Contractor accountants may be concerned to learn that George Osborne is considering changing tax relief  on pension contributions when he delivers the March Budget.
He has various options available to him. If he cut the relief on all contributions to 20%, taxpayers who pay the higher 40% rate would lose £20 for each £100 they invested and those paying the 50% top rate would lose £30 per £100 invested. On top of that, pensions are subject to tax so a taxpayer might have to pay tax at 40% or even 50% on their pension when they retire.
If this happened, a lot of people in defined benefit schemes might have to file a tax return because the pension benefits could not be determined as easily as they can with a defined contribution scheme.
PwC’s head of pensions, Raj Mody, explained that if tax relief on pensions was reduced, those people who pay a higher rate of tax could be better off if they received cash and paid income tax  on it at the time.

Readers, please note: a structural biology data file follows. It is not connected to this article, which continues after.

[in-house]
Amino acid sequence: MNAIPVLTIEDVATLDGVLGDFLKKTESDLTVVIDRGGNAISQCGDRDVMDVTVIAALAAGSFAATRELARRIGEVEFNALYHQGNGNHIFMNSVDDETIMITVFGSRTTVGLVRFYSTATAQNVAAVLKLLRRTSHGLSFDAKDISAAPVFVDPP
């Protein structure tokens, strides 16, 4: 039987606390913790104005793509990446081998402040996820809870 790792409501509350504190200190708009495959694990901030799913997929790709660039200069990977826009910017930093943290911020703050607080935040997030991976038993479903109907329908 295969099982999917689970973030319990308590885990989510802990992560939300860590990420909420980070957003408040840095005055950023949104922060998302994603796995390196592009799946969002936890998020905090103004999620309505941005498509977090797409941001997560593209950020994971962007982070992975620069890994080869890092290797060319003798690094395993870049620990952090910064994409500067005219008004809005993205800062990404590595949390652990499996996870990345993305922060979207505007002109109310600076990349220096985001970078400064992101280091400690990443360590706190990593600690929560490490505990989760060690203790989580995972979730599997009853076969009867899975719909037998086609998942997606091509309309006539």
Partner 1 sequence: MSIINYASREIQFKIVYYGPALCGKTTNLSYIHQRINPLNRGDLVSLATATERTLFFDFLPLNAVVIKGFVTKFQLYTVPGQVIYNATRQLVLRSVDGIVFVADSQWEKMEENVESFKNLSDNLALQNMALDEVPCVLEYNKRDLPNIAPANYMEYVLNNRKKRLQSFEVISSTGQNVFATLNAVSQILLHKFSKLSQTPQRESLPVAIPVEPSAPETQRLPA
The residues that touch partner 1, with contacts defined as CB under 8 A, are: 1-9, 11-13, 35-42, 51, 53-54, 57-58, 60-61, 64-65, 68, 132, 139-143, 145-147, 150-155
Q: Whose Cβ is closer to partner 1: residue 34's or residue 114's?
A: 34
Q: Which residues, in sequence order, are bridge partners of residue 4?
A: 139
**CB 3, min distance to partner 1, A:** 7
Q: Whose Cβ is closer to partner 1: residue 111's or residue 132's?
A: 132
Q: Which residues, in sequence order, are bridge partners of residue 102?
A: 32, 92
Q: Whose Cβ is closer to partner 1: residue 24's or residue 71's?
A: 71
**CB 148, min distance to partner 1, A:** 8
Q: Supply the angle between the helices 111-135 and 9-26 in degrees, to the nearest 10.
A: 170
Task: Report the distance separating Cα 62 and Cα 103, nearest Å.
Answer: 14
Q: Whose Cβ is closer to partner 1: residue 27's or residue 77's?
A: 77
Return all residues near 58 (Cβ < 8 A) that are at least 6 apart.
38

The Chancellor is also considering reducing the annual allowance of £50,000. PwC says this would be easier to implement and people would still have an incentive to invest money in a pension fund.
Another option would be to reduce the tax-free lump sum people are entitled to on retirement . Those approaching retirement would then pay more tax than they expected on their pension pot.
Mody did warn that there have already been various changes to pensions in recent years and the public may lose trust completely if the Government implements further amendments.
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